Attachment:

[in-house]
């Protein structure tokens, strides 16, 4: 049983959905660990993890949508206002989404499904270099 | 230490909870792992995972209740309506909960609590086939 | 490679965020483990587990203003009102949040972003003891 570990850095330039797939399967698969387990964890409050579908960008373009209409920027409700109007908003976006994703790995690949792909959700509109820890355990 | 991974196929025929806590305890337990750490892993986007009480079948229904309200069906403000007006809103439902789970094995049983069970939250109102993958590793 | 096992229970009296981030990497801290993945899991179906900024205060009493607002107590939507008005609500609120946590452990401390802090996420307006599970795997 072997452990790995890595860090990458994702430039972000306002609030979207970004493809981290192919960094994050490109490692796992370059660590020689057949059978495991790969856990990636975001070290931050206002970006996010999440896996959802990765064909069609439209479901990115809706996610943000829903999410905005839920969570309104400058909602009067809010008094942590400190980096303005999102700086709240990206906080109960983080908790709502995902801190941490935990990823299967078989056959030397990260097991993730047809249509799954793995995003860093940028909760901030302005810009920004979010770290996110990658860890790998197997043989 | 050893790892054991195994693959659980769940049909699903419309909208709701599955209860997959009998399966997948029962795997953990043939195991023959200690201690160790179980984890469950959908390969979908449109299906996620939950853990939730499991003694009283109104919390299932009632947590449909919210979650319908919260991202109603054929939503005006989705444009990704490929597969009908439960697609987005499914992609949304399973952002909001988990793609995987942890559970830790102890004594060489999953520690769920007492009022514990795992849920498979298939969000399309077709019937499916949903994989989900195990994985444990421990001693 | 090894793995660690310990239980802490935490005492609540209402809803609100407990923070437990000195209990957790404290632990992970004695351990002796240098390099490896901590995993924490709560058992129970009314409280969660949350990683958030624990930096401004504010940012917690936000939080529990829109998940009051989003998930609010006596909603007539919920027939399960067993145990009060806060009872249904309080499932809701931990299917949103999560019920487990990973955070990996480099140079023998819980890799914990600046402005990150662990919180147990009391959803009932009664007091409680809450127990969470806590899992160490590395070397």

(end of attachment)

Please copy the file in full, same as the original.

[in-house]
């Protein structure tokens, strides 16, 4: 049983959905660990993890949508206002989404499904270099 | 230490909870792992995972209740309506909960609590086939 | 490679965020483990587990203003009102949040972003003891 570990850095330039797939399967698969387990964890409050579908960008373009209409920027409700109007908003976006994703790995690949792909959700509109820890355990 | 991974196929025929806590305890337990750490892993986007009480079948229904309200069906403000007006809103439902789970094995049983069970939250109102993958590793 | 096992229970009296981030990497801290993945899991179906900024205060009493607002107590939507008005609500609120946590452990401390802090996420307006599970795997 072997452990790995890595860090990458994702430039972000306002609030979207970004493809981290192919960094994050490109490692796992370059660590020689057949059978495991790969856990990636975001070290931050206002970006996010999440896996959802990765064909069609439209479901990115809706996610943000829903999410905005839920969570309104400058909602009067809010008094942590400190980096303005999102700086709240990206906080109960983080908790709502995902801190941490935990990823299967078989056959030397990260097991993730047809249509799954793995995003860093940028909760901030302005810009920004979010770290996110990658860890790998197997043989 | 050893790892054991195994693959659980769940049909699903419309909208709701599955209860997959009998399966997948029962795997953990043939195991023959200690201690160790179980984890469950959908390969979908449109299906996620939950853990939730499991003694009283109104919390299932009632947590449909919210979650319908919260991202109603054929939503005006989705444009990704490929597969009908439960697609987005499914992609949304399973952002909001988990793609995987942890559970830790102890004594060489999953520690769920007492009022514990795992849920498979298939969000399309077709019937499916949903994989989900195990994985444990421990001693 | 090894793995660690310990239980802490935490005492609540209402809803609100407990923070437990000195209990957790404290632990992970004695351990002796240098390099490896901590995993924490709560058992129970009314409280969660949350990683958030624990930096401004504010940012917690936000939080529990829109998940009051989003998930609010006596909603007539919920027939399960067993145990009060806060009872249904309080499932809701931990299917949103999560019920487990990973955070990996480099140079023998819980890799914990600046402005990150662990919180147990009391959803009932009664007091409680809450127990969470806590899992160490590395070397």